Sri Lanka will get $300 million to $600 million from the World Bank over the next four months to purchase medicine and other necessities, according to the country’s finance minister, as the Indian Ocean island faces its worst economic crisis in decades.
Finance Minister Ali Sabri, who is in Washington to negotiate a bailout with the International Monetary Fund, said in a video conference that talks with the IMF may take some time, but that the World Bank has agreed to help in the meanwhile.
Sri Lankan economy spirals deeper into perilous times
Sri Lanka is on the verge of default, with roughly $7 billion of the country’s total $25 billion in foreign debt due to be repaid this year. Due to a serious dearth of foreign exchange, the country is unable to purchase imported commodities.
Food, cooking gas, petrol, and medicine have all been in short supply for months, with Sri Lankans queuing for hours to buy the minimal supplies available.
In recent months, fuel prices have risen numerous times, resulting in significant rises in transportation costs and other commodities prices. Another set of increases was announced earlier this week.
The administration has stated that repayment of foreign loans will be suspended pending the outcome of talks with the IMF.
Protests and public shootings ensue
On the 14th day, protesters occupied the president’s office entrance, demanding that President Gotabaya Rajapaksa and his powerful ruling family resign for the economic catastrophe. The protests have spread across the country, with people blocking roads with their vehicles.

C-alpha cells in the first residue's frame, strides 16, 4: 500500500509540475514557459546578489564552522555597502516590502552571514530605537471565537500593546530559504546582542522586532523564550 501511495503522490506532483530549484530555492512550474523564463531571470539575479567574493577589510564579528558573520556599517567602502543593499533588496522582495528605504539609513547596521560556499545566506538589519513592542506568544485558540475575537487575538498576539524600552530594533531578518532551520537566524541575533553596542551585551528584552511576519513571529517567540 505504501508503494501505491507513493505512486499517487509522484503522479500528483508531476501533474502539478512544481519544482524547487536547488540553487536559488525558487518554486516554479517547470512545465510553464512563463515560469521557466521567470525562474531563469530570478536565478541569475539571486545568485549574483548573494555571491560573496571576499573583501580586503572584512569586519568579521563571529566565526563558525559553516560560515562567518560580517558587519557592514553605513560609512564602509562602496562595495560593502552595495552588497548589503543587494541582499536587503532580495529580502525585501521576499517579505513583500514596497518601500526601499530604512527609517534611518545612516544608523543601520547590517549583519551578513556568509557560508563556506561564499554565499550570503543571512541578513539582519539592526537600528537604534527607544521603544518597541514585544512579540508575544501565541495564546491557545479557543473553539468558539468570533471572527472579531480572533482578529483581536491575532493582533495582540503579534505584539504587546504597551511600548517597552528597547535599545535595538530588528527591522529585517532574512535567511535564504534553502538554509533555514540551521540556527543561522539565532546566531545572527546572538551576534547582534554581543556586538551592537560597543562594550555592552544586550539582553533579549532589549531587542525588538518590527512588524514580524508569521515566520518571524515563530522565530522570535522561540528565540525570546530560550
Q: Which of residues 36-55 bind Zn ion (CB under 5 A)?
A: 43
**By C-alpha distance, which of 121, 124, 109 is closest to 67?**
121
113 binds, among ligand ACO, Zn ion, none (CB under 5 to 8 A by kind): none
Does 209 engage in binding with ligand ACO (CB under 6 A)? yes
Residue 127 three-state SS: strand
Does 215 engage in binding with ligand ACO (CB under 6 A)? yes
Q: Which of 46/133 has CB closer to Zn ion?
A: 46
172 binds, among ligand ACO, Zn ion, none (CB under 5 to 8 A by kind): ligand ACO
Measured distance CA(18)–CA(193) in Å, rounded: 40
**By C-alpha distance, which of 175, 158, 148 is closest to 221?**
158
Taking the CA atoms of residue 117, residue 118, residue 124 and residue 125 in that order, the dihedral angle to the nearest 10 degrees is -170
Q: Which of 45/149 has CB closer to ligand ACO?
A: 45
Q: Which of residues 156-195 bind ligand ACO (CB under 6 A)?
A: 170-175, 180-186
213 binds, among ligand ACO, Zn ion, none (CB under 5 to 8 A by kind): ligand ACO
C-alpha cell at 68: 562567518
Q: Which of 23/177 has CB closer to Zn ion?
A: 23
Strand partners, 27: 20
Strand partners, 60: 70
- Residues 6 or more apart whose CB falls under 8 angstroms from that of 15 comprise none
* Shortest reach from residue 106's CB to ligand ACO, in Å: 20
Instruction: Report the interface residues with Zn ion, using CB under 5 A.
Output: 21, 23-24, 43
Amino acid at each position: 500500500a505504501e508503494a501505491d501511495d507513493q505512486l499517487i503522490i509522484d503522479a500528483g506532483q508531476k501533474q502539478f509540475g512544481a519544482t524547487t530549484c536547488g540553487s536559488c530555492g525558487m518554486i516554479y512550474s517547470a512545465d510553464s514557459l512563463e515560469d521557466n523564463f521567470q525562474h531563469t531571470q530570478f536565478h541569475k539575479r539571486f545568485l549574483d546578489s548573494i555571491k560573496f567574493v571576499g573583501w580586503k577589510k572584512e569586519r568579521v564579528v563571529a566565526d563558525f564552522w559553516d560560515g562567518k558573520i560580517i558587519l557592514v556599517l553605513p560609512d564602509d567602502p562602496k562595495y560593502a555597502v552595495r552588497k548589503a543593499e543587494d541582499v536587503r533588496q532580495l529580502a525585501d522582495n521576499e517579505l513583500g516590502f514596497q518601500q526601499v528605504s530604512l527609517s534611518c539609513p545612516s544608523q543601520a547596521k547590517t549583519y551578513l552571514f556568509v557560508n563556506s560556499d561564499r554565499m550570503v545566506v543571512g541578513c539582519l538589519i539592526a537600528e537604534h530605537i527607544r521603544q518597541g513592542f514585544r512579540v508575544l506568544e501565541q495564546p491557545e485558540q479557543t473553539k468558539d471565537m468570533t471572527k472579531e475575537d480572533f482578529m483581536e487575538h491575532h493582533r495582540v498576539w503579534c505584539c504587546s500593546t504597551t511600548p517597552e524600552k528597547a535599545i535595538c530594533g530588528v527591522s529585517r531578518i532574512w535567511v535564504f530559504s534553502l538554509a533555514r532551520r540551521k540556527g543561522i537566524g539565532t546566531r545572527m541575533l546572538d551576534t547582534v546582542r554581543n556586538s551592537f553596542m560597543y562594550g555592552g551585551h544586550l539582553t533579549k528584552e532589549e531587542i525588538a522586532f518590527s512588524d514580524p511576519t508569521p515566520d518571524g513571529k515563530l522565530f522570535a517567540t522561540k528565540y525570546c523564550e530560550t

One person was killed and 13 others were injured on Tuesday when police opened fire on a crowd protesting the fuel price hike, the first death since the protests began.
The shooting has sparked widespread outrage, and the administration has promised to launch an independent investigation.
Much of the animosity thrown at Rajapaksa and his elder brother, Prime Minister Mahinda Rajapaksa, has been focused at them, as they lead an influential dynasty that has been in power for most of the previous two decades. Five additional members of the family are legislators, three of whom just resigned as Cabinet ministers.
Sri Lanka calls on its neighbours for assistance
According to Sabri, the administration is also seeking assistance from China, Japan, and the Asian Development Bank.
China has already committed $31 million in emergency assistance, which includes 5,000 tonnes of rice, medicine, and raw supplies. It had previously stated that it was considering a request for $2.5 billion in economic assistance, which would include a credit line and a loan.
Part of the debt crisis can be attributed to projects that were financed with Chinese loans but did not turn a profit.
India has also agreed to pay $500 million for gasoline purchases, and talks are underway for an extra $1 billion with New Delhi, which has previously offered a $1 billion credit line, according to Sabri.